Sermon preached by
Mrs Kate White
The context and lead- up in John's Gospel
- John 2: water to wine at wedding in Cana;
- John 4: healing of the official's son;
- John 5: healing at the pool of Bethesda;
- here in John 6: feeding of 5000 and walking on the water.
This is a catalogue of miracles, a miracle fest. However the message of gospel writer goes beyond telling us of some pretty strange individual happenings. It's much more. Such is the quantity of miracle stories in this and the other gospels, that we stop reading about individual miraculous events and instead realise we're reading about a rich seam of the miraculous as a huge part of who Jesus is.
We realise as we read one story after the other that we're being told, not so much about what Jesus is DOING, rather about who Jesus IS. The realm of the miraculous is part of him, and in turn part of God, not an add on activity for days which would otherwise be less than full. Miracles are not a clever hobby for Jesus, they are part of his persona and tell us a lot about God the Son and God the father. Could preach whole sermon on definitions of the miraculous, and on the Church's understanding of the meaning of miracles. You'll be relieved to know I don't intend to do that! I'll cut to the chase by putting my cards on the table and explaining my own rationale for addressing the miracles:
As I've already suggested, I place the emphasis at the beginning not on individual specific miracles, but on an overall context of the miraculous. This frees me from the trappings of the accuracy of description and historical account.
- Did the miracles happen exactly as we read of them in the gospels? I find it doesn't really matter
- Were there actually 5 loaves and two fish, or 3 loaves and 4 fish? It doesn't matter.
Actually, coming as I do from Poole, Dorset, and being brought up on large amounts of locally caught fresh fish, I have no problem at all in believing that 2 fish could feed 5000 people, they certainly seemed to go a long way in our house! The details are not so important; my own approach sees first of all an overall context and setting where miraculous things happened when Jesus was around. So what should our reaction be to the miracle stories?
Well, we can certainly be amazed. Both of the stories we've heard today are amazing—a mass feeding, and then Jesus walks on the water. They're not run-of-the-mill. They wowed the crowds then and they should wow us now. BUT we should not be surprised by them. For what we are reading about is our God in action, and we should already be clear that our God is a big God who operates in dimensions we cannot fathom. With God all things are possible. He is infinite, not containable, not entirely explainable. He cannot be contained in books or in clever minds full of knowledge. We should not second-guess him, and we shouldn't try to limit him.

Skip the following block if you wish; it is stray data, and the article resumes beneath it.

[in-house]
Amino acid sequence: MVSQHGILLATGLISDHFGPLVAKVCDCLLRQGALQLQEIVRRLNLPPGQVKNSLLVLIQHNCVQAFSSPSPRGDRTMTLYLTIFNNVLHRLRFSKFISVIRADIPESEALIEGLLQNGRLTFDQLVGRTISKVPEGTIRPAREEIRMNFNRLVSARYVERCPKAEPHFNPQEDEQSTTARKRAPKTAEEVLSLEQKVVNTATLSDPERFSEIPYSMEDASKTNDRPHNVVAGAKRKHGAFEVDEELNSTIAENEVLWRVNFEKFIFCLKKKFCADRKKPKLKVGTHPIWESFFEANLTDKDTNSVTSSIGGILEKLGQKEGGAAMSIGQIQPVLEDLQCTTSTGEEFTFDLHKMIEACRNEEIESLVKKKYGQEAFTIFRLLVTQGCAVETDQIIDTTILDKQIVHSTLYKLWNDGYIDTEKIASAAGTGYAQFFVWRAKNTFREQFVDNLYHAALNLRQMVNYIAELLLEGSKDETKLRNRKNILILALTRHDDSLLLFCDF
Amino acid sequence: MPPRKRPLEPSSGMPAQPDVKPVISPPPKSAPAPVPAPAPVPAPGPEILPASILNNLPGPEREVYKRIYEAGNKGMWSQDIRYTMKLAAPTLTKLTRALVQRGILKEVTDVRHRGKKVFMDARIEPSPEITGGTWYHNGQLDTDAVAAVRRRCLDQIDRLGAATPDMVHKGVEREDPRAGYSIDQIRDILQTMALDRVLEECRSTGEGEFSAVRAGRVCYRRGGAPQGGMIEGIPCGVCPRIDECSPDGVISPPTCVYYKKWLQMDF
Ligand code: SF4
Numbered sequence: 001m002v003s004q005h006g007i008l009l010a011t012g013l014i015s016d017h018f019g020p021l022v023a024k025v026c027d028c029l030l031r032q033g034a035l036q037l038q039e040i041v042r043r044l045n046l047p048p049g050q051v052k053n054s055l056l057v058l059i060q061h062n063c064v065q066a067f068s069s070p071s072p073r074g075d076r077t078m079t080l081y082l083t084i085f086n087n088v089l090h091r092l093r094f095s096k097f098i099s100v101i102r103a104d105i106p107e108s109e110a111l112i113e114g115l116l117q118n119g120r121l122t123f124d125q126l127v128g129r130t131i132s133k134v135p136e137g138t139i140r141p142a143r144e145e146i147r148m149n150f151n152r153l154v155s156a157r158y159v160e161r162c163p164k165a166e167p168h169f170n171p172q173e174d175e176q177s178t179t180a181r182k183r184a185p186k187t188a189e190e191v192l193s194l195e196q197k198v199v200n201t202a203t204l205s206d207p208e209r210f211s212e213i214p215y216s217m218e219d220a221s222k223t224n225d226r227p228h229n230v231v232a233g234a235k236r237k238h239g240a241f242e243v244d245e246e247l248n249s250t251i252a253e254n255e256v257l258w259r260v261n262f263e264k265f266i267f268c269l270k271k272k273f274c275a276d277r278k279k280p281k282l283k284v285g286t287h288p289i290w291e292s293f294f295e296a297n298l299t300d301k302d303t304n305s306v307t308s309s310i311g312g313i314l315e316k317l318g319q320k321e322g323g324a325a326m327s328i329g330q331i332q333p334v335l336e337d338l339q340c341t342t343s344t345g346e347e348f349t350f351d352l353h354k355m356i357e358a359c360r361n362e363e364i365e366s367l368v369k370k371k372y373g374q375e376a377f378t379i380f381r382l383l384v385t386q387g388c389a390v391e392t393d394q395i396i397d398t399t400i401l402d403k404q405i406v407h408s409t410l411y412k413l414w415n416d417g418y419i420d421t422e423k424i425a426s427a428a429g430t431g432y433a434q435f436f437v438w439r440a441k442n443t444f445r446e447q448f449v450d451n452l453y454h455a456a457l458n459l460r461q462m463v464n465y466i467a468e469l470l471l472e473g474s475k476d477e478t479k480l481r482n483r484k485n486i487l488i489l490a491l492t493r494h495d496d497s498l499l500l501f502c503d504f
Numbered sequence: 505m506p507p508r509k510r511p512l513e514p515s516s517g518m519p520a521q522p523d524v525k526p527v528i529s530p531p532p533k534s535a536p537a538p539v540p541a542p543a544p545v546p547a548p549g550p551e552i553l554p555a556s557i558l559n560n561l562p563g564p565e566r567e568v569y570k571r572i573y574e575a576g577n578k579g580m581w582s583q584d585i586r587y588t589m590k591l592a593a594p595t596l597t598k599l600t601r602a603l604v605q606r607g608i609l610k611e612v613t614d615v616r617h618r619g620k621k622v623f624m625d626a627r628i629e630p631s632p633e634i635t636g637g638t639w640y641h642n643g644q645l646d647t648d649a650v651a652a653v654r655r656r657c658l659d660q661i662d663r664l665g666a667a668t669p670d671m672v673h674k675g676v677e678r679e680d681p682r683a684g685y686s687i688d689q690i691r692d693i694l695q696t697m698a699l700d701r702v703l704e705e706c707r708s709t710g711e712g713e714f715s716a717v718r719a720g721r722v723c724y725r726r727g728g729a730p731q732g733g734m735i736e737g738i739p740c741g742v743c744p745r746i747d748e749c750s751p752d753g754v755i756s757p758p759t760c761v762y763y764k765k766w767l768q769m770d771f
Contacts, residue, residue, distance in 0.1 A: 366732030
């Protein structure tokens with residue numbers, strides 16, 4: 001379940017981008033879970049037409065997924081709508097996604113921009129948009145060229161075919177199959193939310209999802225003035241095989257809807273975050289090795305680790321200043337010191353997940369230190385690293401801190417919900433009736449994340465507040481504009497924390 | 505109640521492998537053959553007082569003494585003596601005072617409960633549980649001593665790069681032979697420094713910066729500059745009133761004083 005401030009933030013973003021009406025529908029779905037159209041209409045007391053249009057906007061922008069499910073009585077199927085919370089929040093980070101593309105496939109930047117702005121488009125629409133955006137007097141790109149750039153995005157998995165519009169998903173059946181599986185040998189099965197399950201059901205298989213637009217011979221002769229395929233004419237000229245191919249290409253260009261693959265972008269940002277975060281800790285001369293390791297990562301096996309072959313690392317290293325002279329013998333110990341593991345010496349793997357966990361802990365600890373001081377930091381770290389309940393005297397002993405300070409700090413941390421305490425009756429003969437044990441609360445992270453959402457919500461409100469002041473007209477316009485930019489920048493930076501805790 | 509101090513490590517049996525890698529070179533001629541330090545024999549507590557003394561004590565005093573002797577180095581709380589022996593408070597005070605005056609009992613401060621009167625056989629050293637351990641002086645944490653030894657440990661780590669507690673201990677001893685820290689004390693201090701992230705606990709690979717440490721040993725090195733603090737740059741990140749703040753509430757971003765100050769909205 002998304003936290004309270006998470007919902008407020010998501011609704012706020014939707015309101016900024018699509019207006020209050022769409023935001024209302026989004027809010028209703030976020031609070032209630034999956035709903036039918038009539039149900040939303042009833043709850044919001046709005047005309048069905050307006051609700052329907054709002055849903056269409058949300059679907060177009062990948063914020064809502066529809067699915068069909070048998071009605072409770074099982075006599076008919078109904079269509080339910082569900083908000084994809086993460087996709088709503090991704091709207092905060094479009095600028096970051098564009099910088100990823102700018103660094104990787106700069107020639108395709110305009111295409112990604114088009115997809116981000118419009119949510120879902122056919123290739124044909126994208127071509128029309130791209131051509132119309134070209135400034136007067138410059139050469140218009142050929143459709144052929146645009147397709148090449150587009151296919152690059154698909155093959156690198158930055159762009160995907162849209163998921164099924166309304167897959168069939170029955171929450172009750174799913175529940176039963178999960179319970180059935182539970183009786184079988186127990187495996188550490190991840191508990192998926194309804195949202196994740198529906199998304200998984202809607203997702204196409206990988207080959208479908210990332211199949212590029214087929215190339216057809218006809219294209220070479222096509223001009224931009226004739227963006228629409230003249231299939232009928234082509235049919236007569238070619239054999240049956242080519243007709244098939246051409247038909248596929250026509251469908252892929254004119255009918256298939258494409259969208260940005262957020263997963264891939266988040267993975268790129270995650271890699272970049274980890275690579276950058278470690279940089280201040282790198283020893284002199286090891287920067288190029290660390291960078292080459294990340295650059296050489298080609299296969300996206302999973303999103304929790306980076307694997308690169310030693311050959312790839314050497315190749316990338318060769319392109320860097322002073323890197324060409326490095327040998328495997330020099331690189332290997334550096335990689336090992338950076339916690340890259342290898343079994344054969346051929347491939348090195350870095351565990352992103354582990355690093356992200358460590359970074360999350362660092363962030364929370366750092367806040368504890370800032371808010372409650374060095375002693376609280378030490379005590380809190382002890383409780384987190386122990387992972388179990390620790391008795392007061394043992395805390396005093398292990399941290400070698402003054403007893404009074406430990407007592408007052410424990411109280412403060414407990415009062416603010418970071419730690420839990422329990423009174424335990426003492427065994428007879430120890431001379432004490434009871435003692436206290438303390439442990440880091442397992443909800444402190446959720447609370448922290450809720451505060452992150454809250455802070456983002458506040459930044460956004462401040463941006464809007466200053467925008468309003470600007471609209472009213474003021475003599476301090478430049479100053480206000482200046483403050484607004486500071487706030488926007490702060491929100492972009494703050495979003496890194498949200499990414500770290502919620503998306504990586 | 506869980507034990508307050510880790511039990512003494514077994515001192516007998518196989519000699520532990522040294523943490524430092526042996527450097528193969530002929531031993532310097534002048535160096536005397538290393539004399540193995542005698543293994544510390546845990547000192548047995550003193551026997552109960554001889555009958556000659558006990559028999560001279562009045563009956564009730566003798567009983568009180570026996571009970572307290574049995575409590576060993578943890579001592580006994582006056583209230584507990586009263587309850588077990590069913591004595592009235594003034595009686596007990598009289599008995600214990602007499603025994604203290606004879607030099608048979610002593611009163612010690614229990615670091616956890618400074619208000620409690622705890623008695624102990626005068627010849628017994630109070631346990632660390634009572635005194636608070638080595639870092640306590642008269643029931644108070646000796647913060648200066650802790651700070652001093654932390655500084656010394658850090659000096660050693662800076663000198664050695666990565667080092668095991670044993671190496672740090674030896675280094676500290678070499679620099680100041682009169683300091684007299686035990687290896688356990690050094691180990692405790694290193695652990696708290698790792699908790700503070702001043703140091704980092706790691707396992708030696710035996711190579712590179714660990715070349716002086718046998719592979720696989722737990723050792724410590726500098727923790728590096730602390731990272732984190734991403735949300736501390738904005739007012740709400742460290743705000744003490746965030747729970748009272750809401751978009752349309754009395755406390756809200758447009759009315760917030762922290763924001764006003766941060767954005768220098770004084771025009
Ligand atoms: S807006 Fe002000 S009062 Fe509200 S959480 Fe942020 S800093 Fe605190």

This miraculous seam which runs through Jesus' ministry is entirely consistent with what we know of God the Father as a powerful God who cares about bringing fullness of life to people. We should not be surprised when God the Son does something amazing. So what should we do when we read again one of these well-known miracle stories? This is where the feeding of the 5000, perhaps more than any other miracle, helps us. Because we see in this story a challenge. We see here people and God doing good things together, the key word being "together". People produced the food, God, in Jesus, multiplied it and made special things happen. If you were to represent this as a mathematical formula it would look something like:
God + Humans = amazing things!!
Miracles are rather like windows onto the relationship between God and people. They show us that God's will is health and fullness of life for all. The people were hungry and then they were fed. But they were fed as a consequence of superb team work, God and people pulling together. When this happens anything is possible, but only if we accept that we're not the audience for miracles, we're the players. If God is Alex Ferguson (and there's a sermon there somewhere!), then we are not the fans in the Old Trafford stand. Rather we are the David Beckhams and the Ryan Giggs of the operation. We are making it happen, not watching it happen. We could spend our whole lives looking for signs and miracles because they reassure us there is a God. Let's not do that. Instead let's spend our whole lives looking for OUR miracle, the one we play a part in, together with God. Where and when is your miracle? Have you had it yet? Not the one done to you, but rather the one you did. Let's not forget that Jesus strongly rebuked those who spent all their time looking for a sign. If this was the way of Christian faith then God would be reduced to the level of supernatural conjuror, and we would be reduced to passive observers not active players. That's not how it is. Let's go and look for our miracle ? it might not be on the scale of feeding 5000 people, or walking on water - but somewhere out there is our moment, our opportunity as individuals, as St Mark's Church, to get out of the stands and onto the pitch. God has a miracle in mind for us—let's go and find it.
Bible Notes and Readings for 30th July 2000